Back to school time! Ah, the joy I had every year as a kid: buying new crayons, a new trapper keeper, and something called a protractor for the new math class. That trip for school supplies was always one of my favorite shopping trips of the year. The smell of freshly sharpened pencils is an imprinted physical memory, always the same, year after year.
Shopping for doesn’t evoke quite the same feeling.
Although pencils, glue sticks, and a three-ring binder seem to be eternal, my child does not go to school in the 1970s. Technology is a reality of her life, whereas when I was young, those of us who took programming as an elective were weird outliers. Who cared about computers?
Now, everyone does. My daughter’s has more computer power than my whole school did when I was in her grade. Although her elementary school is not technology focused, other parents tell me that is very unusual. They say that her handwriting won’t matter by middle school, since almost all of the schools are “all netbook all the time.”
So many changes.
Our school year started strangely because of changes in our school district. In LWSD, the sixth grade has moved to middle school, and ninth grade has moved to high school. These changes were dramatic enough that the district decided to use Tuesday to ease the transition.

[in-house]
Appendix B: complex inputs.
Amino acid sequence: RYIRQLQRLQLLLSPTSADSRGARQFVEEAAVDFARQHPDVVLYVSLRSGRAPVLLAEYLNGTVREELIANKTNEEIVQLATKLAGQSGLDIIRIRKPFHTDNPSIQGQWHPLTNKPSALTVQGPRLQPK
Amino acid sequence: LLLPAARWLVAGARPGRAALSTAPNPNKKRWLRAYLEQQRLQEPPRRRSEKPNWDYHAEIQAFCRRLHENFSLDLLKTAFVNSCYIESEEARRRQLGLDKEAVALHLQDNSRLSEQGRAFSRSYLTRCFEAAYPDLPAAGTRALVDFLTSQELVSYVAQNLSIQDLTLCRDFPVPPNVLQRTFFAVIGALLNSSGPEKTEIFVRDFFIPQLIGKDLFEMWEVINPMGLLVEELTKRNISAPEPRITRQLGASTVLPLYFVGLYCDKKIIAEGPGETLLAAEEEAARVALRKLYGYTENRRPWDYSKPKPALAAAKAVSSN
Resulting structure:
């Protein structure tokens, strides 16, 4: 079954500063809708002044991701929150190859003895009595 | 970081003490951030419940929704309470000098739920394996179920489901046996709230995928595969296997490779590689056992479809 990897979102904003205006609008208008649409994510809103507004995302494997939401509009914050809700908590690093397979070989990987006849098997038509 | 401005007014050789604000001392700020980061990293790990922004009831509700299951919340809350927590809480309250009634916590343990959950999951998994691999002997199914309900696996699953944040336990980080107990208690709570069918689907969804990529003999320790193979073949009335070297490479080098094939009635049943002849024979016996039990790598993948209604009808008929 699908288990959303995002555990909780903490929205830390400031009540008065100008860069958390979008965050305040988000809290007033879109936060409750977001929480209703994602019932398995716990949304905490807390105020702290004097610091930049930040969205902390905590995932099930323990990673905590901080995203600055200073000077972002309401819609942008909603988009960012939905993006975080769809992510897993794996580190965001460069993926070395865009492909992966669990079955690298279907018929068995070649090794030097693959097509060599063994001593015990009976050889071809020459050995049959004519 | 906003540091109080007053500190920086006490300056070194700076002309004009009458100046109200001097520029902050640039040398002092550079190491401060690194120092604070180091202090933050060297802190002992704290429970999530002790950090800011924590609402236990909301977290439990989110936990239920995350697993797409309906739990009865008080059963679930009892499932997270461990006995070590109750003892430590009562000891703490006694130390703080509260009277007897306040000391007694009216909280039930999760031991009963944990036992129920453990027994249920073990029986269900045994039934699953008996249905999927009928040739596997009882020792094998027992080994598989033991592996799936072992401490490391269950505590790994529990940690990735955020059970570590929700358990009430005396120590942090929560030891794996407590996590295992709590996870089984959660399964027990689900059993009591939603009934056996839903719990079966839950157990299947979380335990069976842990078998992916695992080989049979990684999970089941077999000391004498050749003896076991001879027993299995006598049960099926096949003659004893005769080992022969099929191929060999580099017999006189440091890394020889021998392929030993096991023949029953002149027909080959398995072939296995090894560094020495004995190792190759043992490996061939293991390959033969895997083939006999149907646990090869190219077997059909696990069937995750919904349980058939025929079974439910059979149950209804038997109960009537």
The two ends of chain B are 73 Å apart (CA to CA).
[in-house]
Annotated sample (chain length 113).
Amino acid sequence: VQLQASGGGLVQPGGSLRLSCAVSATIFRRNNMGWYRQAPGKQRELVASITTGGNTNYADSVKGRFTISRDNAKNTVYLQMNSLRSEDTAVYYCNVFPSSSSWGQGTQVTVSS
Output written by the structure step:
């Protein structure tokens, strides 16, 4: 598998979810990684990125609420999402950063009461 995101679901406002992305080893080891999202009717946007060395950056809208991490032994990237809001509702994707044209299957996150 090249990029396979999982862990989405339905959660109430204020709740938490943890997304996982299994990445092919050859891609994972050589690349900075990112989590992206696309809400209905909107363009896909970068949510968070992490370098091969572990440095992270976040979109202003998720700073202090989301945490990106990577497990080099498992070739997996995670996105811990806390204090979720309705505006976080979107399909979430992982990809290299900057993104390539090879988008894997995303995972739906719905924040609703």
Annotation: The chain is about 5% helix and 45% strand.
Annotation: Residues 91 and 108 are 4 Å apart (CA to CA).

And there are changes in the physical structure of many of our schools, too. I know parents with kids in multiple schools, all of which are under construction. And some of the kids are already in new buildings.
So many changes. But a new school year is . New routines, new teachers, new friends. In fact, it can seem like the only thing predictable about a new school year is its You never know what you’re walking in to.
I am starting to find this I can’t use last year to predict this year. I can freak out about that, or I can use it to remind me that now is all that matters.
Investment professionals often say, “Past performance is no guarantee of future results.” This is as true of our kids as it is of the stock market. A kid who struggled in reading last year can be flying through books this year. The best in the class at math can hit a wall when they switch from algebra to geometry.
And if their own past can’t predict their future, your past can’t either. My miserable outcast seventh-grade experience predicts nothing about my socially adept child’s own middle-school life. I was a wallflower. She’ll probably be a cheerleader. Or not.
Letting go of my expectations for the school year can help me let go of my expectations for her life. The more I can manage to be here now, the more I can see who she really is, instead of viewing her through a lens of memory and fear. And only in seeing who she actually is can I help her to become what she is meant to be.
Perhaps, someday, I will even be nostalgic for the smell of hand sanitizer.
What are the main differences between your child's educational experience and your own? How do you find common ground and relate? Tell us in the comments section.